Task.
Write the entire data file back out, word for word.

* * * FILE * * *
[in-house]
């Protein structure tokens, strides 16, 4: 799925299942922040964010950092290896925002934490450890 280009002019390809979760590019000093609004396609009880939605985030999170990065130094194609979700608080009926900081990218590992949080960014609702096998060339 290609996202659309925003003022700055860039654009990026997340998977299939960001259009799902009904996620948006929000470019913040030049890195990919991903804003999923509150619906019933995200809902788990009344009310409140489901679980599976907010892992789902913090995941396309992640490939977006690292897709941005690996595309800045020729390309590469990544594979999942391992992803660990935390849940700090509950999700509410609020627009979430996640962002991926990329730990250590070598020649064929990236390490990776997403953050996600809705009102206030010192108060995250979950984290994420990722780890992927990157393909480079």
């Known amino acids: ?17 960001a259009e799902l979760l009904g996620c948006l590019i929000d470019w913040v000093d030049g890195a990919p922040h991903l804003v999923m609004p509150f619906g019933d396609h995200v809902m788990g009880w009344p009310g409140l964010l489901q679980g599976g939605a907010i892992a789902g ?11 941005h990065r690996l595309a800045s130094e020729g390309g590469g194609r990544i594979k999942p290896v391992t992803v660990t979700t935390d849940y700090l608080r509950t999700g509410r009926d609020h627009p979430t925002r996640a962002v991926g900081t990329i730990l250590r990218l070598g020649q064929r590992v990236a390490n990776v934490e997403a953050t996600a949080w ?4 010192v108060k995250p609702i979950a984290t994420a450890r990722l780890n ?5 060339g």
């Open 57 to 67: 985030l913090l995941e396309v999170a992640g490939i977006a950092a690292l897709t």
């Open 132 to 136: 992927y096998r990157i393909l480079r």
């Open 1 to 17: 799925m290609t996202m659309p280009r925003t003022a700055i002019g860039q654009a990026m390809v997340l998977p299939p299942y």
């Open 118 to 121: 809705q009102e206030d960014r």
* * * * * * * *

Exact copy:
[in-house]
């Protein structure tokens, strides 16, 4: 799925299942922040964010950092290896925002934490450890 280009002019390809979760590019000093609004396609009880939605985030999170990065130094194609979700608080009926900081990218590992949080960014609702096998060339 290609996202659309925003003022700055860039654009990026997340998977299939960001259009799902009904996620948006929000470019913040030049890195990919991903804003999923509150619906019933995200809902788990009344009310409140489901679980599976907010892992789902913090995941396309992640490939977006690292897709941005690996595309800045020729390309590469990544594979999942391992992803660990935390849940700090509950999700509410609020627009979430996640962002991926990329730990250590070598020649064929990236390490990776997403953050996600809705009102206030010192108060995250979950984290994420990722780890992927990157393909480079």
């Known amino acids: ?17 960001a259009e799902l979760l009904g996620c948006l590019i929000d470019w913040v000093d030049g890195a990919p922040h991903l804003v999923m609004p509150f619906g019933d396609h995200v809902m788990g009880w009344p009310g409140l964010l489901q679980g599976g939605a907010i892992a789902g ?11 941005h990065r690996l595309a800045s130094e020729g390309g590469g194609r990544i594979k999942p290896v391992t992803v660990t979700t935390d849940y700090l608080r509950t999700g509410r009926d609020h627009p979430t925002r996640a962002v991926g900081t990329i730990l250590r990218l070598g020649q064929r590992v990236a390490n990776v934490e997403a953050t996600a949080w ?4 010192v108060k995250p609702i979950a984290t994420a450890r990722l780890n ?5 060339g």
């Open 57 to 67: 985030l913090l995941e396309v999170a992640g490939i977006a950092a690292l897709t």
């Open 132 to 136: 992927y096998r990157i393909l480079r």
């Open 1 to 17: 799925m290609t996202m659309p280009r925003t003022a700055i002019g860039q654009a990026m390809v997340l998977p299939p299942y």
């Open 118 to 121: 809705q009102e206030d960014r």